Clear is Near

The quest for a totally transparent façade came a step closer to reality recently when researchers at the Massachusetts Institute of Technology (MIT) moved from theory to the controlled production of formed glass via 3D printing. Since the pieces of glass that are being created are still quite tiny, this might seem like just one small step for glass. In reality though, it is one giant step for glasskind. Let’s review the technology, then I will explain.

MIT researchers Chikara Inamura, Michael Stern, Daniel Lizardo, Peter Houk and Neri Oxman call their system G3DP2 and describe it as “a new AM platform for molten glass that combines digitally integrated three-zone thermal control system with four-axis motion control system, introducing industrial-scale production capabilities with enhanced production rate and reliability while ensuring product accuracy and repeatability, all previously unattainable for glass.”

The researchers say that they have taken special care to control the glass extrusion system to ensure that it cools down and crystallizes without injecting impurities or structural problems.

The printed glass pieces can be replicated easily to the same measurement and tolerances, thus ensuring consistency for multiple outputs.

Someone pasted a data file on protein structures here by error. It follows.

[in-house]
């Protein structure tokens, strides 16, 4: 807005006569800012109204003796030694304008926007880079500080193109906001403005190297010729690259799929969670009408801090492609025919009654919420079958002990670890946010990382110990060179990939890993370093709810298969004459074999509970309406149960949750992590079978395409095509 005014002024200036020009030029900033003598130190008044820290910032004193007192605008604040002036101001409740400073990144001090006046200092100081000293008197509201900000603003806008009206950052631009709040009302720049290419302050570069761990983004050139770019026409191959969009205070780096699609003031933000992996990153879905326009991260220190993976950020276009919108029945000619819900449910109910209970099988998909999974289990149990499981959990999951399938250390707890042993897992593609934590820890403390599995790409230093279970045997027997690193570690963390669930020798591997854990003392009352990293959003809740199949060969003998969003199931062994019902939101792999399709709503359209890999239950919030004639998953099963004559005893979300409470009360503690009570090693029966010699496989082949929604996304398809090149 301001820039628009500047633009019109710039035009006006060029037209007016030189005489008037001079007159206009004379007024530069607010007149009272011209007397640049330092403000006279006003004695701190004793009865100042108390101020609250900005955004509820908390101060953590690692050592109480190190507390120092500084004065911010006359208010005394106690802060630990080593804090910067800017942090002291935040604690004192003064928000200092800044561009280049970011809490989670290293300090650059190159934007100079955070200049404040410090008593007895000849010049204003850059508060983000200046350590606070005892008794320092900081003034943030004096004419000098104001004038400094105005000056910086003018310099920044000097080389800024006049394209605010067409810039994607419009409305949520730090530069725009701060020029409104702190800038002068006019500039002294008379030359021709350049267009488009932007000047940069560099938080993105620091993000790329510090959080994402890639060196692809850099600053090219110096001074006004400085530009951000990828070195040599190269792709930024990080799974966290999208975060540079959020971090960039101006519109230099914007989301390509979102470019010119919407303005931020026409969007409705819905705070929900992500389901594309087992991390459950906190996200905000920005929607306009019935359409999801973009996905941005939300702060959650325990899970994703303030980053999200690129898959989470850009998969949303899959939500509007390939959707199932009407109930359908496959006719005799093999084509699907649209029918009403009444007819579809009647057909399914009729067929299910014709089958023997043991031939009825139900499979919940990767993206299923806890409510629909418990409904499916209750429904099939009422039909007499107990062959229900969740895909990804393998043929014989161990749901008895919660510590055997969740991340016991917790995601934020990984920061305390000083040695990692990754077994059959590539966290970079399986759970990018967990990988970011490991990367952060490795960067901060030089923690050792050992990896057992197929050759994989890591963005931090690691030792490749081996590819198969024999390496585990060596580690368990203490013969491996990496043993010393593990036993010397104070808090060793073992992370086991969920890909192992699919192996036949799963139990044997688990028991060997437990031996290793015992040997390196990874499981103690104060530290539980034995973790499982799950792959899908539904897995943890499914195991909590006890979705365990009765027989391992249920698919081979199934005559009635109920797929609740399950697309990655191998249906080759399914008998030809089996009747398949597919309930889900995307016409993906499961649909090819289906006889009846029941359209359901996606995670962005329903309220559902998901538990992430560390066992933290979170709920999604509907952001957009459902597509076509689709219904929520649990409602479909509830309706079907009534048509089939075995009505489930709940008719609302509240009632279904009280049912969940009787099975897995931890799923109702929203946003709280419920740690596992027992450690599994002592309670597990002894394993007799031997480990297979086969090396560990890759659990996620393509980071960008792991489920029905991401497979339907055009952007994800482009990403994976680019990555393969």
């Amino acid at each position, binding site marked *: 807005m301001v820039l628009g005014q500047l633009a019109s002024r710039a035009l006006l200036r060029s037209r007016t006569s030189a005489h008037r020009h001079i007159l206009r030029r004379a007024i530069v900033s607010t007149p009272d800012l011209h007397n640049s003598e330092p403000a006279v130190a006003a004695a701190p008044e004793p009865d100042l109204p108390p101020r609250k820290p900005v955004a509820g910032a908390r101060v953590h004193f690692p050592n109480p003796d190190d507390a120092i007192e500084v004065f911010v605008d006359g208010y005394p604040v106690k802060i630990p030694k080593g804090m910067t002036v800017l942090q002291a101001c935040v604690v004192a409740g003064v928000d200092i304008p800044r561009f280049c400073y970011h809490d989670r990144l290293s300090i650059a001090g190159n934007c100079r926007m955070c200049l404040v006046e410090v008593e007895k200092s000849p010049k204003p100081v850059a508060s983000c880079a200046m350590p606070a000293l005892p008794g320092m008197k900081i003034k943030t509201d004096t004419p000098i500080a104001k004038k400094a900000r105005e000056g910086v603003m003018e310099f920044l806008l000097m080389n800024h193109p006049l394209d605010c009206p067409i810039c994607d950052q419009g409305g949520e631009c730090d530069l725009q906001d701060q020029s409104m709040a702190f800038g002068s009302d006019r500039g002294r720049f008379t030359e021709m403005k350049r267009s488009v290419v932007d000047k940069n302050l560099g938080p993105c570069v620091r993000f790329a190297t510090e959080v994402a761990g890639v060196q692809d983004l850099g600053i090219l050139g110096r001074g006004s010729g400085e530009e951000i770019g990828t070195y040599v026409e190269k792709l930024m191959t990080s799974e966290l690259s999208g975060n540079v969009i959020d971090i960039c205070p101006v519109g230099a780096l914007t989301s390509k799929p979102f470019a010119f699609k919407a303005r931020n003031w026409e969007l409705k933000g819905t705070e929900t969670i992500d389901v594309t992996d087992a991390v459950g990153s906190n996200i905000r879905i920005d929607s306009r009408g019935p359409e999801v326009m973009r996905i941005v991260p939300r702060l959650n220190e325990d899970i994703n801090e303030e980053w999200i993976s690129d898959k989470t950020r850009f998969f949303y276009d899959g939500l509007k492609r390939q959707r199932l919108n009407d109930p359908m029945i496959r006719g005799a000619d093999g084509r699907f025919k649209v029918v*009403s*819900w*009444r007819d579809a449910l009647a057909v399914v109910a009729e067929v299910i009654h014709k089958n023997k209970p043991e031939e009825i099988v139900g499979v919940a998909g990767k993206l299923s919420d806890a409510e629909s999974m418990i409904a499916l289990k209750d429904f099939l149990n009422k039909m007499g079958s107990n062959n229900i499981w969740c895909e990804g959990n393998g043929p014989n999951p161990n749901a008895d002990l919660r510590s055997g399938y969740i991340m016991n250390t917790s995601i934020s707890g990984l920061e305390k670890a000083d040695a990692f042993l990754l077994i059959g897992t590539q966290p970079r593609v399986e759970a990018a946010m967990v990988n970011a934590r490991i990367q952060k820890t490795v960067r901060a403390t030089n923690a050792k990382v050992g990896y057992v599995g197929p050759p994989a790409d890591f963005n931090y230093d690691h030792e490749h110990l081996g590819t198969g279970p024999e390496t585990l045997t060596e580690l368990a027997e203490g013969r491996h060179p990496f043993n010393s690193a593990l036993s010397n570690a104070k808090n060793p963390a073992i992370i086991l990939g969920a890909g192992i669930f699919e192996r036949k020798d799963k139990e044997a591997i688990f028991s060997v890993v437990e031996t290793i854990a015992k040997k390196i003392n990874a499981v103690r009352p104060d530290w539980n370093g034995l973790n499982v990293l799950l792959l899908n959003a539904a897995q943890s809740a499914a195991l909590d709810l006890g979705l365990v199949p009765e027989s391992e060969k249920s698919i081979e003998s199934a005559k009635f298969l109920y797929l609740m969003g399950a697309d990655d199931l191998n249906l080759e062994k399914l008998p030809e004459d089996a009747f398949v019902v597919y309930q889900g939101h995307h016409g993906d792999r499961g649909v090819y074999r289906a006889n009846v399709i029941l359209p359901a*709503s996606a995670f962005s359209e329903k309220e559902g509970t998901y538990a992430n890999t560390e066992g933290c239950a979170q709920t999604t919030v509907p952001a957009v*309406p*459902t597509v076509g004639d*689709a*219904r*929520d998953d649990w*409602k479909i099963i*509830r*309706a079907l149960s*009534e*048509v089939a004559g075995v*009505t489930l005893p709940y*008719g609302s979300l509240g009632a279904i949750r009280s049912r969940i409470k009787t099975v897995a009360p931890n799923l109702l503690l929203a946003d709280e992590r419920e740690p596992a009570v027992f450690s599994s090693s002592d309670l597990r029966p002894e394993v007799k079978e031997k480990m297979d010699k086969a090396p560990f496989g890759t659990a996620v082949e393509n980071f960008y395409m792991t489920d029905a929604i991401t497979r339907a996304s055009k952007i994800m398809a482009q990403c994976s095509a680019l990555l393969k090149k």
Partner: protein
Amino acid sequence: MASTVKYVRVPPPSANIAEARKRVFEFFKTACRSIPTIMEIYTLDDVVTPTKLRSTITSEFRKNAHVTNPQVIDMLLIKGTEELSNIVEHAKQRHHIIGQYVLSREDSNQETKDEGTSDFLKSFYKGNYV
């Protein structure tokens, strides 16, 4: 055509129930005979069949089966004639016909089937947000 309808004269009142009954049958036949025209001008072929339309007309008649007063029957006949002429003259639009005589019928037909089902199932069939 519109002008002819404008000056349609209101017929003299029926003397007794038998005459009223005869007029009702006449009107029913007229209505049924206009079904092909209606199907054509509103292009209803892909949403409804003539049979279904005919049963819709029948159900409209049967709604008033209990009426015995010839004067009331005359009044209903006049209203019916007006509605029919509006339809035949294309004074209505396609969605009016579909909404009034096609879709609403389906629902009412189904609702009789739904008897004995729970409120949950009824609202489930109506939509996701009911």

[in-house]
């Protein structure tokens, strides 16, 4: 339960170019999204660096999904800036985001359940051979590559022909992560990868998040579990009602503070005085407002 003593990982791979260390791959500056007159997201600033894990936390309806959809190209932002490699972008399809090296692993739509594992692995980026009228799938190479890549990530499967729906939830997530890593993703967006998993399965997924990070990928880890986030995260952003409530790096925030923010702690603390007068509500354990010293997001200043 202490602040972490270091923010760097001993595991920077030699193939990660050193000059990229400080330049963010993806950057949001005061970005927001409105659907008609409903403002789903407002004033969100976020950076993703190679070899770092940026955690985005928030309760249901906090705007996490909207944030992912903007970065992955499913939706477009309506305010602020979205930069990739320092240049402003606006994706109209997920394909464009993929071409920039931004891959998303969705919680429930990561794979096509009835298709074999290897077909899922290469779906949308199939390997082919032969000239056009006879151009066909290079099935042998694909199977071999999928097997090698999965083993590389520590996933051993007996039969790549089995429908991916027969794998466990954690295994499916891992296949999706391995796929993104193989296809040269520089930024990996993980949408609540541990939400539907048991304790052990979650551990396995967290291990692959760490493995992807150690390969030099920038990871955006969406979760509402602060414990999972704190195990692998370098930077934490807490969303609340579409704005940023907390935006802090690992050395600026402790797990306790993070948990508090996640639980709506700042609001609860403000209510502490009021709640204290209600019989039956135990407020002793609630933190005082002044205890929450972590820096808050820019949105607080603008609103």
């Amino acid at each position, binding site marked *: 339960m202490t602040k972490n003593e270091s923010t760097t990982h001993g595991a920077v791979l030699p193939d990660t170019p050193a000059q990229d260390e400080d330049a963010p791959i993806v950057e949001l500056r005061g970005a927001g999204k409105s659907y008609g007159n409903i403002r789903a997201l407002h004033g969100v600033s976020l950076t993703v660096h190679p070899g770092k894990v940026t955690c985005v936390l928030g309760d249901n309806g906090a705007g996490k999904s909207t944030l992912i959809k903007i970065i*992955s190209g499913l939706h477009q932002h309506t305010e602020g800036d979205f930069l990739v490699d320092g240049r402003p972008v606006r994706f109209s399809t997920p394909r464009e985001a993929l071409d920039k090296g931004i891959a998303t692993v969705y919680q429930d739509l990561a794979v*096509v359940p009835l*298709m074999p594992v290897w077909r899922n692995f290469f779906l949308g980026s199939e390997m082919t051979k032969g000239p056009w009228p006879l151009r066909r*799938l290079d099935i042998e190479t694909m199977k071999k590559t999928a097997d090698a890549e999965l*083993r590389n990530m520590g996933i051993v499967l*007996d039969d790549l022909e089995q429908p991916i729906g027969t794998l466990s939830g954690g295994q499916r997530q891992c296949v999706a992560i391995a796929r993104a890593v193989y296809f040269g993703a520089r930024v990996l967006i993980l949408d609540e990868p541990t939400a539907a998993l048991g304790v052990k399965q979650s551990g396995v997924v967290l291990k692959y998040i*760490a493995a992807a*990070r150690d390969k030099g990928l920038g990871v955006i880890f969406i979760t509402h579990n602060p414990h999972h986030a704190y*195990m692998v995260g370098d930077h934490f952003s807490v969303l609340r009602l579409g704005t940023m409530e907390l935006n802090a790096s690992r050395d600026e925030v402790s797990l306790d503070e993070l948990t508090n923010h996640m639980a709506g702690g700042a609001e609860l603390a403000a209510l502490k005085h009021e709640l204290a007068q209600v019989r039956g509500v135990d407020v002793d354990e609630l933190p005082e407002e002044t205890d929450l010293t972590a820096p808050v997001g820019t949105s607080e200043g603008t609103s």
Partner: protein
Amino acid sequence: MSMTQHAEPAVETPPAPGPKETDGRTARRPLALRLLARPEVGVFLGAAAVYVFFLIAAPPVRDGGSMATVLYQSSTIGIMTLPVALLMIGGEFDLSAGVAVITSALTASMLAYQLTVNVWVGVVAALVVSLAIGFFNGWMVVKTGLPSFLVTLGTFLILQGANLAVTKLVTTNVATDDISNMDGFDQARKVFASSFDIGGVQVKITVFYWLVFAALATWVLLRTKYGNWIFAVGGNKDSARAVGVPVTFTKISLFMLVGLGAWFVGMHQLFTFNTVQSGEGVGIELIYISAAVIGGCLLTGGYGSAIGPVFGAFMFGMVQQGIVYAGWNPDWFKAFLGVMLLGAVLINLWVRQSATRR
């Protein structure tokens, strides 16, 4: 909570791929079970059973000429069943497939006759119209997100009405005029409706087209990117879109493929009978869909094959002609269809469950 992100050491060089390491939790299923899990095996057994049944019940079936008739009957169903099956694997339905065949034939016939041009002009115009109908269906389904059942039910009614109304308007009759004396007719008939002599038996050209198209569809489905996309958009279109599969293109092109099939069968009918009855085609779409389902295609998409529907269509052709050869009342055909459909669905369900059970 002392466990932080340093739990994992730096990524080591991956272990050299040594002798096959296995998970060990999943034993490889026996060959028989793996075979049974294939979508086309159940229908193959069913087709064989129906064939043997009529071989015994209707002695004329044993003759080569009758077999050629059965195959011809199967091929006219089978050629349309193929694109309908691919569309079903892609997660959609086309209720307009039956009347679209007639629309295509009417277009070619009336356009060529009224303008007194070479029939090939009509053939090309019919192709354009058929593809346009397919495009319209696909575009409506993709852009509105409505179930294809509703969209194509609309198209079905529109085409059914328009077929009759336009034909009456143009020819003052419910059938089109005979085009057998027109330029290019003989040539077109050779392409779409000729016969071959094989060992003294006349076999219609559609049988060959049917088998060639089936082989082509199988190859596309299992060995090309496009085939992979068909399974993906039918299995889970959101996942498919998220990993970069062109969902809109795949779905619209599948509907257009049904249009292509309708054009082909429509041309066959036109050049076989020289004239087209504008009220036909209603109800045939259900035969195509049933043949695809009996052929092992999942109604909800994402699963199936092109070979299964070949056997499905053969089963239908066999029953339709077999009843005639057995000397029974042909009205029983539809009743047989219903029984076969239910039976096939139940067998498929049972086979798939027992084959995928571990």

This technology is important for two reasons.

First, most new technology that starts out small, evolves into larger interactions as that technology improves. (Think televisions). So the day when large pieces of glass are printed will undoubtedly occur; it’s the “when” that is the question mark.

The second reason is more immediate. The technology will help turn another set of possibilities into actuality in the quest for a totally clear wall. As the size of individual glass lites becomes larger and larger, the desire for total transparency in the plane grows. The field of clear adhesives continues to advance, as well. Dow, for example, offers a structural silicone as a bonding option for clear, point-fixed glass façades.

3D glass printers will expand the ability to provide unique clear hardware, hinges, points and more. They will allow the use of glass in applications previously unavailable and they will expand our ability to “see clearly” for years to come.